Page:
It Turns Out Office Plants Are More Important Than You Think

Posted by Molly Turban on 3rd Jul 2018

What comes to mind when someone first looks at the Sendai Mediatheque? Imagine what it would be like to study in a building whose walls are composed solely of glass. Throughout the day the sun would seep into the library creating a natural inflow of light. This Japanese library is a compelling case study of how contemporary design and natural elements can successfully co-exist in the modern office space. 

Not all offices are created equally. Dr. Chris Knight recently conducted a study in which he explored workplace satisfaction. In this study, it was found that work place productivity increased 15% when plants were added to the office. In other words: managers it pays to bring nature inside.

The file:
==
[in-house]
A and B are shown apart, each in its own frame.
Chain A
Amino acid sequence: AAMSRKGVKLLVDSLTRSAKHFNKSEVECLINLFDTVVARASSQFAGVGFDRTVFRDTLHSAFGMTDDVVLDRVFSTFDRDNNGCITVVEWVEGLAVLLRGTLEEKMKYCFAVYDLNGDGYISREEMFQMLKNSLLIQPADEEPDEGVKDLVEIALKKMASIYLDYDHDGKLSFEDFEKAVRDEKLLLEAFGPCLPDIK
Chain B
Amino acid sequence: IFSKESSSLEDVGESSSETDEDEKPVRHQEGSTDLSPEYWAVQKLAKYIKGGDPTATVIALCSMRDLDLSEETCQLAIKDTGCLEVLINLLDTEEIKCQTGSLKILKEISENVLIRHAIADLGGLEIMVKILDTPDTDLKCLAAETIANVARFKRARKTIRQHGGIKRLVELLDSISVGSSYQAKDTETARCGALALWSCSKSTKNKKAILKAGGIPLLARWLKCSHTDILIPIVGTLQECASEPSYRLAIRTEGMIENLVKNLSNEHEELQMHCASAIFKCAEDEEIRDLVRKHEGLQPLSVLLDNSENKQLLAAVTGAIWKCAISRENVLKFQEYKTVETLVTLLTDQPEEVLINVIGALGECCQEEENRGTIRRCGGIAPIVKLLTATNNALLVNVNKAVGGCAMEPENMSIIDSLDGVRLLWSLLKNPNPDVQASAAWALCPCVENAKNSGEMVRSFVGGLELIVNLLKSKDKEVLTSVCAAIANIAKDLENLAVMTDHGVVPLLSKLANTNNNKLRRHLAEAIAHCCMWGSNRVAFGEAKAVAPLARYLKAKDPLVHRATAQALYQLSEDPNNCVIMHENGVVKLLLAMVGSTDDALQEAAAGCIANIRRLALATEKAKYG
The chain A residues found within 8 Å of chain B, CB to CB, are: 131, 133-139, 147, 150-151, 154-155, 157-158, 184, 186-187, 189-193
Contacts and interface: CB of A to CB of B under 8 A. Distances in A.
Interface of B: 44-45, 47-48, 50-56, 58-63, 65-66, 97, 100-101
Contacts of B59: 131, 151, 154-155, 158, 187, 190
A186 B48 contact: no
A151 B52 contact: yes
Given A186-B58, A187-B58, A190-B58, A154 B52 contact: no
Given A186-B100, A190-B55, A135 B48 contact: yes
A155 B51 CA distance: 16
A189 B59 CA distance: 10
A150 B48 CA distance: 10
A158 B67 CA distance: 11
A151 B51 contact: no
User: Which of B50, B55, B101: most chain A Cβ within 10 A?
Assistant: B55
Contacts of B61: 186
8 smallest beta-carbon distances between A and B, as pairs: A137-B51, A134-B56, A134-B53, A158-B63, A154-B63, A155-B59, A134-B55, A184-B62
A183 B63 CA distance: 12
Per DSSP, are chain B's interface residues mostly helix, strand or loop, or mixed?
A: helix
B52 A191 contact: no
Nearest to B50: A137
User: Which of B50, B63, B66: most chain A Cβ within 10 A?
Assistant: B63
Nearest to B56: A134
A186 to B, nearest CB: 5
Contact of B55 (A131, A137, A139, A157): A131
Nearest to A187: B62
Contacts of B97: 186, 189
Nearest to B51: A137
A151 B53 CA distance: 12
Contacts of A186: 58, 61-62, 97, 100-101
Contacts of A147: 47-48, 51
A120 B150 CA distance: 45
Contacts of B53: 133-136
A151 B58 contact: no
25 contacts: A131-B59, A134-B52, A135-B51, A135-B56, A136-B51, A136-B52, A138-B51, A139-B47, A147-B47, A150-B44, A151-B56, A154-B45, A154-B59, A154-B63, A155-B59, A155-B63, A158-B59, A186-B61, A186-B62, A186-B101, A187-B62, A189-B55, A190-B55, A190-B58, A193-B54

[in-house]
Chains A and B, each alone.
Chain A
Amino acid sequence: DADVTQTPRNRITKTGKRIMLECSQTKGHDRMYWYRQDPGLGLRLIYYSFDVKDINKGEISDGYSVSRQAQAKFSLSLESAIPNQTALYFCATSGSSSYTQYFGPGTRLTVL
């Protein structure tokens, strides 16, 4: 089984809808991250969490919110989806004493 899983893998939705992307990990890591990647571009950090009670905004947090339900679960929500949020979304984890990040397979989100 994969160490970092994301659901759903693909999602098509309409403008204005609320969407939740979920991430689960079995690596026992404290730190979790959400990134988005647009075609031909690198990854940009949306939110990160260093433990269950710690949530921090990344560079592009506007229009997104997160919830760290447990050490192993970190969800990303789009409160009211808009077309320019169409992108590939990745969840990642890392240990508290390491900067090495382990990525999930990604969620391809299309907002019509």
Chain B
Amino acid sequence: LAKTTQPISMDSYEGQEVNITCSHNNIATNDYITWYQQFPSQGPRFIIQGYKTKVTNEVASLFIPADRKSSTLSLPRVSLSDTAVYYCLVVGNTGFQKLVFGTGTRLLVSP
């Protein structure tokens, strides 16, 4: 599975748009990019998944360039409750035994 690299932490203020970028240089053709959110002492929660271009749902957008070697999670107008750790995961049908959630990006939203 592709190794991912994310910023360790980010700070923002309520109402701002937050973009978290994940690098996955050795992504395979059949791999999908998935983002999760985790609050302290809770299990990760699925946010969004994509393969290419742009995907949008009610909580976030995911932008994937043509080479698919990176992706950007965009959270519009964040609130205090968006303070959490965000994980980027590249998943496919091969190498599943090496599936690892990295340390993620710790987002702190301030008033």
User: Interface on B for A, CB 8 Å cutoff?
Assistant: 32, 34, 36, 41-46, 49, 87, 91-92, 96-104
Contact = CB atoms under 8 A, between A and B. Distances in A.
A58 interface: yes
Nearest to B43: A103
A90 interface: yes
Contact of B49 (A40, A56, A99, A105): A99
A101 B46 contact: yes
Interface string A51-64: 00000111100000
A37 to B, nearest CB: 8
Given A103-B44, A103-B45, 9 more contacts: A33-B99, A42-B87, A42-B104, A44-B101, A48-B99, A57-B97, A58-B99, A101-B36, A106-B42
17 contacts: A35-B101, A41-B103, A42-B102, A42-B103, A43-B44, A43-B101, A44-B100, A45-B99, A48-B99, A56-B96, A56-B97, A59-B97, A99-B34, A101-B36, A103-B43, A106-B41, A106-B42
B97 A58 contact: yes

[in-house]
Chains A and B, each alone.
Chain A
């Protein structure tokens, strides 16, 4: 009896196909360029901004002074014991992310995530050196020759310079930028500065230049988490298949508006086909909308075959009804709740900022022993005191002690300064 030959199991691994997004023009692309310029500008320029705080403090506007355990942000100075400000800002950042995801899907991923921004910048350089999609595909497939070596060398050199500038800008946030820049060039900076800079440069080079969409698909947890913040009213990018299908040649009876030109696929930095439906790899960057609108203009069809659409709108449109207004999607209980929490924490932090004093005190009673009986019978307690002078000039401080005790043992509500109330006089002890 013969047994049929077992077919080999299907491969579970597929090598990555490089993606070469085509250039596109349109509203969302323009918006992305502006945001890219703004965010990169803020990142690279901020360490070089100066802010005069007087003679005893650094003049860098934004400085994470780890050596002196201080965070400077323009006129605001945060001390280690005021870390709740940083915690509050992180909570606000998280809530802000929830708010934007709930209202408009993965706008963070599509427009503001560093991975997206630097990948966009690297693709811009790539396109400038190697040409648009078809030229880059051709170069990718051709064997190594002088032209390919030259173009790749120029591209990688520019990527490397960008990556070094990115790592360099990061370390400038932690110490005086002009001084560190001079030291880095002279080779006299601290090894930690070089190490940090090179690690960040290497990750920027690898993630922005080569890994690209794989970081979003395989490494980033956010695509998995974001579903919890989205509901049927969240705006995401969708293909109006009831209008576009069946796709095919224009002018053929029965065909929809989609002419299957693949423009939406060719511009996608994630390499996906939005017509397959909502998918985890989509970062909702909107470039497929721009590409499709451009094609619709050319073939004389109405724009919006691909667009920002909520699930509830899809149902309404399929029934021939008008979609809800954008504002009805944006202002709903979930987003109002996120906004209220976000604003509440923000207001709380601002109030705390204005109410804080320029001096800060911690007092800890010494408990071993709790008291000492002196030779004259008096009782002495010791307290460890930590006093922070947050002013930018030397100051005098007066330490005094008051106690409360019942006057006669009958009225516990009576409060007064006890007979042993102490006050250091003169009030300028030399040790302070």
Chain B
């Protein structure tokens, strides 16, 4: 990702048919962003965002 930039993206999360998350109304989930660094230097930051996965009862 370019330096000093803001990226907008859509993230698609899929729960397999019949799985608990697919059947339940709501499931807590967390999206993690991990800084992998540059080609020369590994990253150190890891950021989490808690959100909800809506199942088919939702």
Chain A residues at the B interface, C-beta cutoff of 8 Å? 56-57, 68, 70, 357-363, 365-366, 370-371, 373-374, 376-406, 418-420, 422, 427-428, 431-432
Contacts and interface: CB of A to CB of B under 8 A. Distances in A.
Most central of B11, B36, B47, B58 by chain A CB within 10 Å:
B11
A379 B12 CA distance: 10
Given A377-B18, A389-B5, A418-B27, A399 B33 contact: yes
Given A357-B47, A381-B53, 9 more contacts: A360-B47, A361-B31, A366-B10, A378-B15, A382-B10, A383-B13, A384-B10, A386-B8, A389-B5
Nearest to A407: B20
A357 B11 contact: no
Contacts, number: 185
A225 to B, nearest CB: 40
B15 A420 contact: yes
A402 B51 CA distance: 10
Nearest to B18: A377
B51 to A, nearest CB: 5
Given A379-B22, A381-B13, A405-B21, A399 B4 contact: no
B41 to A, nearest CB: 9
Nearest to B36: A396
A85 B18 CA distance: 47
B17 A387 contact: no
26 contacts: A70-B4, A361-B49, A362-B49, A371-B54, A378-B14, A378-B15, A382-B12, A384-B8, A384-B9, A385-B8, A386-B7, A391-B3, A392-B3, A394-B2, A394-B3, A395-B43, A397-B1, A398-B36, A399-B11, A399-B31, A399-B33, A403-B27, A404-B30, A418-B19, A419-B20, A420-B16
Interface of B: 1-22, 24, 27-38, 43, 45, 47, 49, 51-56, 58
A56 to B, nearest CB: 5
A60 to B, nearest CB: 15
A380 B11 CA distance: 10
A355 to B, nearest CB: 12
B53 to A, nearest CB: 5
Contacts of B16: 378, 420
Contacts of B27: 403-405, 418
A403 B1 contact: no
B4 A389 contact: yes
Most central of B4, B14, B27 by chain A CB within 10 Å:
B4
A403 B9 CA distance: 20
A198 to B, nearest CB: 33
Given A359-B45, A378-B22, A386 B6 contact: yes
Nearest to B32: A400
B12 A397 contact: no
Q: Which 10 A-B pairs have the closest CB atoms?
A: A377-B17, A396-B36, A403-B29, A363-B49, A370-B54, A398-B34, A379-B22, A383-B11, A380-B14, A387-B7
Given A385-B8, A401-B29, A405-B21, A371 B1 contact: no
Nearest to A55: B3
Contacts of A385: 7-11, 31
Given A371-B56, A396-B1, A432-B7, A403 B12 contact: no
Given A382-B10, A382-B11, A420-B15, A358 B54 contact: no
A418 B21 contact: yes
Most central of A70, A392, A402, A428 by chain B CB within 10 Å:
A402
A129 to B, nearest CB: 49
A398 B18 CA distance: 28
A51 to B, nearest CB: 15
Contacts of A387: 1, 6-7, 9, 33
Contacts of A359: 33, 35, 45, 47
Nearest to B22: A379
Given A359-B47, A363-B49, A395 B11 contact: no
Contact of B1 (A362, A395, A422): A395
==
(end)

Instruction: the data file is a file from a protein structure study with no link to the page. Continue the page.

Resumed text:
Every year, companies lose money when employees take sick days. One of the most frequent causes is stress induced anxiety. This has led many managers to look for innovative ways to make the workplace more welcoming. As a result, managers have become interested in ways color theory can be implemented in office spaces.

According to this theory, the color green often evokes feelings of safety, calmness, and tranquility. Therefore, the addition of greenery throughout the office could help some employees get a moments peace.

As managers face an increasingly mobile work force, employee turnover rates are a serious issue. An effective manager must look for ways to make the workplace more inclusive and welcoming in order to retain current employees. Over time, these efforts could make the difference between profitability and financial instability.  

Perhaps a “rose by any other name” wouldn’t smell just as sweet outside the office. With vertical garden systems and wall planters drab walls can be transformed into a natural oasis. These and other modern planters for the office can be found on